Speech by SEC Staff:
Mutual Funds in 2006: Getting Back to Basics and Embracing Core Values:
Remarks before the ICI 2006 Securities Law Developments Conference
Andrew J. Donohue
Director, Division of Investment Management
U.S. Securities and Exchange Commission
December 4, 2006
Good morning and thank you, Elizabeth, for that kind introduction. It is a pleasure to be with you today. I am pleased to be at the Securities and Exchange Commission in my new role as Director of the Division of Investment Management. In this capacity, I now have the privilege and obligation of reminding you that my remarks represent my own views and not necessarily the views of the Commission, the individual Commissioners or my colleagues on the Commission staff.
II. Fiduciary Culture of the Fund Industry
As we know, the past three years have been a period of upheaval for the fund industry, marked by the late trading and market timing scandals and related enforcement actions, investigations and press scrutiny. In addition, the past three years have featured an unprecedented period of new mutual fund regulation and its resulting implementation challenges. The SEC has also been experiencing its own period of transition with a new chairman, Chairman Cox, taking the reigns of the agency last year and my arrival in May to lead the Division of Investment Management. In fact, the heads of each of the major SEC Divisions as well as the General Counsel have changed in the past two years.
The recent tumultuous period experienced by the fund industry has resulted in unprecedented fund personnel changes, significant improvements to business practices, enhanced focus on compliance policies and procedures, and some healthy introspection and self-evaluation. It also, hopefully, has resulted in a rededication, on an industry-wide basis, to serving fund investors, which, of course, should be a primary focus of anyone involved in the fund business.
As the new Director of the Division of Investment Management, my message to fund managers is to get back to basics and embrace core fiduciary values. By getting back to basics and focusing on fiduciary values, I mean fund managers should focus on the investor-which is where the industry's focus is properly placed. After all, over 96 million investors have entrusted you with properly managing $10 trillion of their assets. This is an incredible responsibility and one that the fund industry must discharge consistent with the highest fiduciary standards.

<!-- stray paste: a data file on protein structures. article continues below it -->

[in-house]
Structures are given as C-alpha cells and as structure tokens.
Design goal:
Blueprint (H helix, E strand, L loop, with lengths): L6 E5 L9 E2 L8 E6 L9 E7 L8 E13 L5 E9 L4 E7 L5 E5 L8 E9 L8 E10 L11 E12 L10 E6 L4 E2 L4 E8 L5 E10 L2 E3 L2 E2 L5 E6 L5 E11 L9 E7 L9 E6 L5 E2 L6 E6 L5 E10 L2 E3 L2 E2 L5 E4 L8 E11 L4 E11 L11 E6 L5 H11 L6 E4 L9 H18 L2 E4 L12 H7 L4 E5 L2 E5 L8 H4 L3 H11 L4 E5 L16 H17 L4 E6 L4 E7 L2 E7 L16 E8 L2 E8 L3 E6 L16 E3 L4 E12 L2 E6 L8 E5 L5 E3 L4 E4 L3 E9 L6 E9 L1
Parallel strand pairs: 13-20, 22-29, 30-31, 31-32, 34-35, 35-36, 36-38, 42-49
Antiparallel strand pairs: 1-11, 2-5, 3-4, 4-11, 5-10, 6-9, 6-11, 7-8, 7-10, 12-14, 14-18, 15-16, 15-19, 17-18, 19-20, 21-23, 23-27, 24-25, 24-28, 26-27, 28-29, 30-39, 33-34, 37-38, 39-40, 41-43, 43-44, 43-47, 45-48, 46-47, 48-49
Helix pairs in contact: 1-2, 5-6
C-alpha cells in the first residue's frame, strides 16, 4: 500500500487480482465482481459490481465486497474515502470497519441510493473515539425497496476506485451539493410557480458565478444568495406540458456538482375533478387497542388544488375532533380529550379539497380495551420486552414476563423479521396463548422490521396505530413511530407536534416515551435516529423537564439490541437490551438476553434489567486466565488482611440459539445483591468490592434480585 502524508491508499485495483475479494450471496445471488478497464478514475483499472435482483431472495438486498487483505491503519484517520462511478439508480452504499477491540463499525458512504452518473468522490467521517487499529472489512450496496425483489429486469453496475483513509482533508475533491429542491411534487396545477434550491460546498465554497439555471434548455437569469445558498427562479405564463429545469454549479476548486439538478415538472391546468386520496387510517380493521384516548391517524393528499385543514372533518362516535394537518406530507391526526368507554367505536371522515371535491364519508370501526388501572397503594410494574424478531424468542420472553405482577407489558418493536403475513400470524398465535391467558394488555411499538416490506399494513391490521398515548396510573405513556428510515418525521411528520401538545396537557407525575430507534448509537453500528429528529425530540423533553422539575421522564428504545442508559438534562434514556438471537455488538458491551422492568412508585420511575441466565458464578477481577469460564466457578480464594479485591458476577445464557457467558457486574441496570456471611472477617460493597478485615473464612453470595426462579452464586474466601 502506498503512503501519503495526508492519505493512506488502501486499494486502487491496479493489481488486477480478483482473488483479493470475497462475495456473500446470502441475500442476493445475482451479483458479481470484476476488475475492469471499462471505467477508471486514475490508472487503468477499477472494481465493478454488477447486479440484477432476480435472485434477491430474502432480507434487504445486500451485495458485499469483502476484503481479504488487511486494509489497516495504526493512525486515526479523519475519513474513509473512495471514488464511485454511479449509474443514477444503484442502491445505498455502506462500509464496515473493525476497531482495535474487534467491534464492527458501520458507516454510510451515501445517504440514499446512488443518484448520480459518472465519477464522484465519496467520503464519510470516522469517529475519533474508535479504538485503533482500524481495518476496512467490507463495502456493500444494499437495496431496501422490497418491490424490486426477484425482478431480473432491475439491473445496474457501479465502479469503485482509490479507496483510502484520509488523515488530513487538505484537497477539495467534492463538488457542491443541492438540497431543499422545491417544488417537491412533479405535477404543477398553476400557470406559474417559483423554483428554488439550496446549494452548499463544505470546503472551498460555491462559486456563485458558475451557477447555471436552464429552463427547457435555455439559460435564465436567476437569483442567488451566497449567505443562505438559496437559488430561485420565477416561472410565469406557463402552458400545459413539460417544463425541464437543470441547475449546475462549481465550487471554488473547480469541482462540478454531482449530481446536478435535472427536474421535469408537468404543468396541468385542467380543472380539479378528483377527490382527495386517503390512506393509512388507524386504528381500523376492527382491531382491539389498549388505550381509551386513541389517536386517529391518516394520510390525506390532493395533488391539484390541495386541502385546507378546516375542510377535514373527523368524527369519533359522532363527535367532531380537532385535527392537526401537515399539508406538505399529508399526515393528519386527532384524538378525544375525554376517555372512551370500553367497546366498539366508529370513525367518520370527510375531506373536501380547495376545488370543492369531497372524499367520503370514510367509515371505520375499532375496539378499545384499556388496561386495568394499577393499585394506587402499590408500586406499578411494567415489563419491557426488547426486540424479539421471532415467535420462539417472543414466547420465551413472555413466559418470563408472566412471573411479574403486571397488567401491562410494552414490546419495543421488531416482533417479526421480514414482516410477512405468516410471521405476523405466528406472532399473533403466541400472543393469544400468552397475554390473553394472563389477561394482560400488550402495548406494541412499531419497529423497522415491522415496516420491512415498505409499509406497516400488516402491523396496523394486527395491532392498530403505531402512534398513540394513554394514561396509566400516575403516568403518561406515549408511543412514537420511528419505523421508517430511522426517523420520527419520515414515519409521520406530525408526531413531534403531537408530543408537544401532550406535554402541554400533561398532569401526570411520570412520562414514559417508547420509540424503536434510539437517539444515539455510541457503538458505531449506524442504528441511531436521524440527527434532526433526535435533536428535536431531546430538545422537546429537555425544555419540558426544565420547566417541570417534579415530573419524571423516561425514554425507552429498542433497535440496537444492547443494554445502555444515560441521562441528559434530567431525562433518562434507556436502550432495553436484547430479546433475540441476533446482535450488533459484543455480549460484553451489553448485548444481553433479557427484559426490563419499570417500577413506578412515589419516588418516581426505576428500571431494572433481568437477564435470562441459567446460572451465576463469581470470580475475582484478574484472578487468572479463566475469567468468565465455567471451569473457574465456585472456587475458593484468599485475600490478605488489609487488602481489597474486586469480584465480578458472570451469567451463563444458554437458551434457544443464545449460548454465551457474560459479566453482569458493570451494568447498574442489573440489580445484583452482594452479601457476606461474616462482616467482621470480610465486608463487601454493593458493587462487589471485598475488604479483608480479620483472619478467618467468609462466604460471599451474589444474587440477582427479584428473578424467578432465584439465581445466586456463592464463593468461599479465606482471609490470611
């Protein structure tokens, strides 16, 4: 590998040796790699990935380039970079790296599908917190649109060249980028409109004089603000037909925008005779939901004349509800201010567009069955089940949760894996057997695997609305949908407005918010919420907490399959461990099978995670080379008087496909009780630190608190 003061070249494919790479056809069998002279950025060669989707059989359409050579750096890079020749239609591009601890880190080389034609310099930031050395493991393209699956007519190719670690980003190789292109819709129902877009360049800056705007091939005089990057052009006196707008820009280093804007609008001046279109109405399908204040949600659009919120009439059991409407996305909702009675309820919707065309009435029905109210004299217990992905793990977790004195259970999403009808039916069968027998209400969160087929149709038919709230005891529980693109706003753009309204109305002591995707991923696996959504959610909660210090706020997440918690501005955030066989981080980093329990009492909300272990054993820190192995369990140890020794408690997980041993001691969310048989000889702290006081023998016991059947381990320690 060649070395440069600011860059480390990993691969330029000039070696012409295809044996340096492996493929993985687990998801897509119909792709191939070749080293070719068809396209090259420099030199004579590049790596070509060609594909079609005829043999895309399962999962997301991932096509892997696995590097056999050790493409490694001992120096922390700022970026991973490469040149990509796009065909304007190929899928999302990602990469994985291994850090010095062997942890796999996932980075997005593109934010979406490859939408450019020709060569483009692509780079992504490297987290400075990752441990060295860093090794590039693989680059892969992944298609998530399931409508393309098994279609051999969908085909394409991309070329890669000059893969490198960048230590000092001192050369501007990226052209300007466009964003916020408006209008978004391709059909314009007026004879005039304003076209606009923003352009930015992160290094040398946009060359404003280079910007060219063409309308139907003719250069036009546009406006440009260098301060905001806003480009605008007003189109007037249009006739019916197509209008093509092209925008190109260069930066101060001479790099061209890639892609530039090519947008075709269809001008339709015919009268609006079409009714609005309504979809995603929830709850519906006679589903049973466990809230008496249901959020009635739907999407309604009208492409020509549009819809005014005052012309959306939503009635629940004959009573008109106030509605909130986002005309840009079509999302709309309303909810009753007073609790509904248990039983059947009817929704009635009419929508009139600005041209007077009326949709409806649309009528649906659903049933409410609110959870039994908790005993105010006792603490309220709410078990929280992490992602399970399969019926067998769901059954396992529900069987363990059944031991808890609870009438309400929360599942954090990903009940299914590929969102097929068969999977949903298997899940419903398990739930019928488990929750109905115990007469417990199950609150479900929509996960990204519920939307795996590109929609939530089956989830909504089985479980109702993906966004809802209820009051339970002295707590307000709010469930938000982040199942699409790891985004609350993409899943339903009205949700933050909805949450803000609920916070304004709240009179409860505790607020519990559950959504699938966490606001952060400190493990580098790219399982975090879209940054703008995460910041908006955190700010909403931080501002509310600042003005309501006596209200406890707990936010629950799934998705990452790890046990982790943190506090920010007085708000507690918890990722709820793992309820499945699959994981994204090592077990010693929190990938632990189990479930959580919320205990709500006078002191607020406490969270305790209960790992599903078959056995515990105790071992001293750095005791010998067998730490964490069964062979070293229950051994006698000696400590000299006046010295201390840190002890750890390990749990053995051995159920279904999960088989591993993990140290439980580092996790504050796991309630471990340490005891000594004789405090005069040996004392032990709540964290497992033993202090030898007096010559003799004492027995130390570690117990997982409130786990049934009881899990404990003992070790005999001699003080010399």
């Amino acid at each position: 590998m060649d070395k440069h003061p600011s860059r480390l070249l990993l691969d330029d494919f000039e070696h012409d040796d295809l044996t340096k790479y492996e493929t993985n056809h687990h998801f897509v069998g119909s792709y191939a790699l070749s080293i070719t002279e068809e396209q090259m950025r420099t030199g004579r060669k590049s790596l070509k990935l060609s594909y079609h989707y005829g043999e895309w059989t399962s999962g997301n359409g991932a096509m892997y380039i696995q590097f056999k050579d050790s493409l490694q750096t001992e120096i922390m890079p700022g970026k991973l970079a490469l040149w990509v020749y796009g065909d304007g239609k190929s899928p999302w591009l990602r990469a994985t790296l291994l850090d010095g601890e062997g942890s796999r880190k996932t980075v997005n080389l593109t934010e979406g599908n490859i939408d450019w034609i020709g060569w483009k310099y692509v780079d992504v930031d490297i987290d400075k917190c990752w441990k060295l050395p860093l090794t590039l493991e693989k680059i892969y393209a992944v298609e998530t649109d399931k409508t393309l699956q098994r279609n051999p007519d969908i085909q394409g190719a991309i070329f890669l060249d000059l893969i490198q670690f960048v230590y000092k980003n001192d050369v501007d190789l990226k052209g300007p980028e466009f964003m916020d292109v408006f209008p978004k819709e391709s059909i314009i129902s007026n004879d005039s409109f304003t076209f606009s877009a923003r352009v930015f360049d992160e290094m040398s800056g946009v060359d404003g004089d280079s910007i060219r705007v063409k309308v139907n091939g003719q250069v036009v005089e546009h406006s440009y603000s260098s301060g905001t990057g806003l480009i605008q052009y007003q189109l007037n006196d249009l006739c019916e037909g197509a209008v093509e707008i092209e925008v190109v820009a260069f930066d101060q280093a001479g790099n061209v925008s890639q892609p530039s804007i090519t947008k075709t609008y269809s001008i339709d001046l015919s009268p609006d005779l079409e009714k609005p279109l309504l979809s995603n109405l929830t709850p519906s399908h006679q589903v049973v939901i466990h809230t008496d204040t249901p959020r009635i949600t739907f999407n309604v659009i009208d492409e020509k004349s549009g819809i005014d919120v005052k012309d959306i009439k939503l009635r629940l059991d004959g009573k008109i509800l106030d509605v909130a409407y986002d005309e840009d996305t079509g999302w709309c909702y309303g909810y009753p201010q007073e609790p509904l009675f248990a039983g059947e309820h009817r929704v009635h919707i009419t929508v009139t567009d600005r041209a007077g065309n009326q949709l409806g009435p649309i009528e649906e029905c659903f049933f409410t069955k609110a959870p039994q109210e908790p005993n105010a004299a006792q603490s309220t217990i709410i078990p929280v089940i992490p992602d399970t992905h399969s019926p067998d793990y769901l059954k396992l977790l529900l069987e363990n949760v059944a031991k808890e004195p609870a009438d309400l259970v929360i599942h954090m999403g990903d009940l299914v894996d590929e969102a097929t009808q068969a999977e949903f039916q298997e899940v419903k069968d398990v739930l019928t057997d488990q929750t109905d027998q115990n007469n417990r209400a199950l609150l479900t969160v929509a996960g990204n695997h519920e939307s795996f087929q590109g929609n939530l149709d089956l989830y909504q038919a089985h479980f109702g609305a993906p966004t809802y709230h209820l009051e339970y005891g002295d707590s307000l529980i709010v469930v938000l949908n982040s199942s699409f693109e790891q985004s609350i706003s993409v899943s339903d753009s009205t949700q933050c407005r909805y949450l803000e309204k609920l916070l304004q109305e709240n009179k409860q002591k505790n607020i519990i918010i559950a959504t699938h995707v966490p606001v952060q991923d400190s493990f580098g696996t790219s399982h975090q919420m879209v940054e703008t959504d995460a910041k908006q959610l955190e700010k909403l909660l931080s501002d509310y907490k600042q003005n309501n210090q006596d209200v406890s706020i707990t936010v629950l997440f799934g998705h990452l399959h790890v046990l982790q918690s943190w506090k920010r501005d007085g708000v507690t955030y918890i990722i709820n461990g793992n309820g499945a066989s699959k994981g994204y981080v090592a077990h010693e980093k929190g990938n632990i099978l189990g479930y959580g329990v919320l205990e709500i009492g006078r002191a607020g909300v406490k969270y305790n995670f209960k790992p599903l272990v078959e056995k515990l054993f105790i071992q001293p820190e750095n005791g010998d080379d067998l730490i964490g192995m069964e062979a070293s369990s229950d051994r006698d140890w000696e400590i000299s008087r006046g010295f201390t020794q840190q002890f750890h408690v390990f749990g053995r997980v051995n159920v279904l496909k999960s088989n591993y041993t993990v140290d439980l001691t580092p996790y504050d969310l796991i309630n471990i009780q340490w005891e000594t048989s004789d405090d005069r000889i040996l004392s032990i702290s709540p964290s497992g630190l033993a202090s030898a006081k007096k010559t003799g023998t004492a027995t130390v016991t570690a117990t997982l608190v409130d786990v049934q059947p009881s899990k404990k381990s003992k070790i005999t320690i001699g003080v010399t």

Having spent some thirty years at fund management firms, I have a genuine respect for the fund industry and the people who work in it. I know, from first hand experience, that the fund industry by and large is composed of honest, hard-working professionals who are committed to serving investors and enhancing the financial well-being of their clients. The fiduciary culture is integral to the fund industry, and is one of the true strengths of mutual funds. This fiduciary culture--and the focus on investor interests that derives from fiduciary values--should be apparent at any well-run mutual fund firm.
Because my belief in the fund industry's core fiduciary values is so strong, I believe you will find me to be one of the harshest critics of those who are not seeking to serve the interests of their investors. If fund managers are not striving to further their investors' interests, then they should no longer have the privilege of serving investors. If someone cannot abide by a fiduciary's code of conduct, then there should be no place for that person in an industry that is dedicated to fiduciary values. If a fund industry professional is improperly pursuing his or her own interests over the interests of fund investors, then it is my hope and full expectation that the Commission would aggressively pursue an enforcement action.